When Covid restrictions compromised our quest for a venue to exhibit the 16 collaborative textile art pieces created in 2020, Emma O’Brien, Director of The Nelson Mandela Metropolitan University Art Museum in Gqeberha (previously Port Elizabeth) and Michaela Howse of Keiskamma Art Centre came to our rescue. Emma agreed to curate and incorporate the cloths in their Transformational Textiles exhibition. The exhibition opened on 4 November 2021 and will run until 6 May 2022.
Pinky Rasenga & Zukiswa Zita discuss their work while Veronica Betani looks on.
This was a turning point which led to a most exciting development. A far-fetched dream of taking women from the Winterveld to meet their Keiskamma counterparts actually came true. Thanks to generous sponsorship, eight Mapula artists had the great adventure of travelling to Gqeberha to see their work exhibited at the museum known as NMMUM and meeting their Keiskamma partners.
Mapula & Keiskamma team members in Gqeberha (photo by Azola of NMU)
After spending time in Gqeberha, the group travelled on to the coastal hamlet of Hamburg where the Keiskamma Art Centre is based. A few Mapula trustees also joined the trip to offer support and experience the energy, creativity and growth that came from the visit. The organization required was huge but the whole plan came together magnificently and the developmental value will be long lasting.
The Mapula women boarded an overnight bus to undertake the 1110 km journey to the coast. Most had never been to the sea before. In Gqeberha they were met by Michaela Howse of Keiskamma who had planned a stimulating itinerary and thought of every need. Accommodation was in the historic Harbour Master’s House, a spacious double story Victorian building with a view of the harbour, now run as a backpackers. There they met for the first time, in person, the seven Keiskamma artists with whom they had collaborated.
Self-analysis & introspection in progress at the art museum (NMMUM)
Two days were spent at the NMMUM in a light, spacious, airy gallery where they were surrounded by the Transformational Textiles exhibition. Participants were almost overwhelmed by all that there was to see as they explored the varied fibre art on display. Time was devoted to studying the magnificent and heart-breaking Keiskamma Guernica, a huge textile work commemorating the painful struggle of rural communities dealing with the AIDS epidemic. This work, 7.8 x 3.5 metres was based on the 1937 painting by Picasso and was explained to us by Veronica Betani (Vero) one of the creators.
In pairs, the women described their own work and related the stories captured in stitch and thread. We heard about their daily lives and the stories that they’d shared. It was a lively moment when one pair who had already made friends, approached their creations, united in song. Angie Franke Weisswange a local fibre artist gave a talk and referred to her striking Shweshwe aloes which formed part of the exhibition. Annette du Plessis a prominent Eastern Cape artist gave a talk recounting her textile journey. She too had many finely worked embroidered pictures on display. The day ended with a long- anticipated visit to the beach, opportunities for photos taken against the breaking waves and a shared restaurant meal.
The second day was devoted to artists engaged in self-analysis, introspection, dreams and legacy. What emerged was a thread of great resilience as stories of hardship and poverty were recounted and the satisfaction of unknown talents being discovered. Embroidery had created new opportunities and the chance to earn money for all the women. The day ended with a walk to the nearby private GFI Gallery to see another exhibition of fibre art. Gqeberha is alive with creativity and there could have been no better place to exhibit the Mapula-Keiskamma collaborative works.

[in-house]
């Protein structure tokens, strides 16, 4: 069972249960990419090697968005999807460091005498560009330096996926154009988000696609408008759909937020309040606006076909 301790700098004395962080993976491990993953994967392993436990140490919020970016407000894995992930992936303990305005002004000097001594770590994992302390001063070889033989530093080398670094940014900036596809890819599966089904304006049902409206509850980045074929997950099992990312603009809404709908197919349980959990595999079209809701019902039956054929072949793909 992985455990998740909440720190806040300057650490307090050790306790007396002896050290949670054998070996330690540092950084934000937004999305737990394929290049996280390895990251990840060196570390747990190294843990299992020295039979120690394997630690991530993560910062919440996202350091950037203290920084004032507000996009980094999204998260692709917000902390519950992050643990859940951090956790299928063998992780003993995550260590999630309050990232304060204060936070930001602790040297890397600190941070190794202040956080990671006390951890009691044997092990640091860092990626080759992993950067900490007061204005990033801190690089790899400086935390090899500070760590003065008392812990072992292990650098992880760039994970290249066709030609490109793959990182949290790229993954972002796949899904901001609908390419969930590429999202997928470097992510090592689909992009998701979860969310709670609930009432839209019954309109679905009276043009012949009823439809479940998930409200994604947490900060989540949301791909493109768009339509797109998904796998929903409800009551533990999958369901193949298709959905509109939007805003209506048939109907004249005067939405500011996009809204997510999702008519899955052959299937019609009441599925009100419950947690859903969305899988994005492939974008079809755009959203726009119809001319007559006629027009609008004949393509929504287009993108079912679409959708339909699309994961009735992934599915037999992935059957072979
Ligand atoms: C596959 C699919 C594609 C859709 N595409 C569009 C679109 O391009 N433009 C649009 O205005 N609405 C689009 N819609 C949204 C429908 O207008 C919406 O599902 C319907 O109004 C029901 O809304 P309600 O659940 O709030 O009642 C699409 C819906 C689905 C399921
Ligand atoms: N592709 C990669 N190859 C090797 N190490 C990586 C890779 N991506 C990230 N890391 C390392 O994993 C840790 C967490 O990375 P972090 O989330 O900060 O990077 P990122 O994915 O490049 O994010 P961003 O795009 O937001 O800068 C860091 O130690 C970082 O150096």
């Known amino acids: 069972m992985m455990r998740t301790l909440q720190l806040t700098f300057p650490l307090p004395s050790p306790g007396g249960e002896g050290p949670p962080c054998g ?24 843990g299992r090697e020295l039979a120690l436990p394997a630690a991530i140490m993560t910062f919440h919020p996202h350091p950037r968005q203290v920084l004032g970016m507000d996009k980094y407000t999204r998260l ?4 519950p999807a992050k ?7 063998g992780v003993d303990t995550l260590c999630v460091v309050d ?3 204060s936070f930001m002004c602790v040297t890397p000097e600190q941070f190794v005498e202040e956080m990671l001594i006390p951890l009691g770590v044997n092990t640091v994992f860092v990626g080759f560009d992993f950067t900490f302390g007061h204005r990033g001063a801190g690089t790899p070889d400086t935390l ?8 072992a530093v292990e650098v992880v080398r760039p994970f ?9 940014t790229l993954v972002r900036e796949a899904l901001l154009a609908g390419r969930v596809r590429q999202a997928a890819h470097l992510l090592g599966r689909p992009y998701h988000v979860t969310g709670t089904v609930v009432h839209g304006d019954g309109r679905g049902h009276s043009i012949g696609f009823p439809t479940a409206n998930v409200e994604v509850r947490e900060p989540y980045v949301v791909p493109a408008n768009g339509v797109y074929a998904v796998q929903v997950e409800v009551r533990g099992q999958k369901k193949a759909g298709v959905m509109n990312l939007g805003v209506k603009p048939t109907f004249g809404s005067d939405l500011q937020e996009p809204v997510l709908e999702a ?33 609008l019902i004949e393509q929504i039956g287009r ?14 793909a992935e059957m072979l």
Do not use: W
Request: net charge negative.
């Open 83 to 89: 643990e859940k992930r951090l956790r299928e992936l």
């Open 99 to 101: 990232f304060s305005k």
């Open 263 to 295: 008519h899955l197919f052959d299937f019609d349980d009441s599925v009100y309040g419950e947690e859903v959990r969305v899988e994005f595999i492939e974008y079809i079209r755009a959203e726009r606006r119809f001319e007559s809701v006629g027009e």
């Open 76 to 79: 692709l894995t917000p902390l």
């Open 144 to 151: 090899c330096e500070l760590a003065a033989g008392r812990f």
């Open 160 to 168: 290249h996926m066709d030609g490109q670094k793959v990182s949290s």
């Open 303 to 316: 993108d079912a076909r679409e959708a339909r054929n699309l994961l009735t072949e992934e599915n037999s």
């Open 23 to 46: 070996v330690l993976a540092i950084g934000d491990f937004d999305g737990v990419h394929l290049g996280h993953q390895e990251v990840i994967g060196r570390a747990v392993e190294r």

A 220km journey led to the hamlet of Hamburg, situated at the mouth of the Keiskamma River in the former poorly resourced Ciskei. As in the case of the Winterveld, this too is a very poor area with few facilities. Carol Hofmeyr a resident medical doctor and artist started, amongst other community initiatives, the Keiskamma Art Project which led the local artists and artisans to produce remarkable work. Here, the Mapula women could see projects under construction and learn new techniques. In particular, they were able to see the magnificent Keiskamma Altarpiece which drew inspiration from Matthias Grünewald’s 16th C altarpiece in Isenheim, France. AIDS had hit the community very hard and the trauma was evident in the Altarpiece which chronicled the epidemic. This large work has travelled to England, Canada, and throughout the United States and has been shown at various venues in South Africa. Although it is privately owned, its home is in Hamburg where it now resides, resonates, and rightfully belongs.
Examining the Keiskamma Altarpiece
The Mapula group were generously accommodated in Carol Hofmeyr’s home and that of a neighbour, within sound of the waves. They had a chance to experience the village as they walked to the studio each day. After-hours there was time for the pleasures of the beach. The communal evening meals were creatively prepared by the Mapula team. In workshops, Michaela encouraged the artists to delve deeper into their consciousness and explore, what worlds they touch, and what their legacy as artists might be. The Mapula women engaged with the concept and power of symbolism. We can anticipate finding this in future works.
The lasting impression of this visit to the Eastern Cape is one of incredible hospitality, inspiring textile art and new ideas, full immersion and participation. ‘Remote friendships’ were made concrete and aspirations for a visit by Keiskamma artists to the Winterveld are beginning to form.
Unforgettable days spent at the Keiskamma Art Centre in Hamburg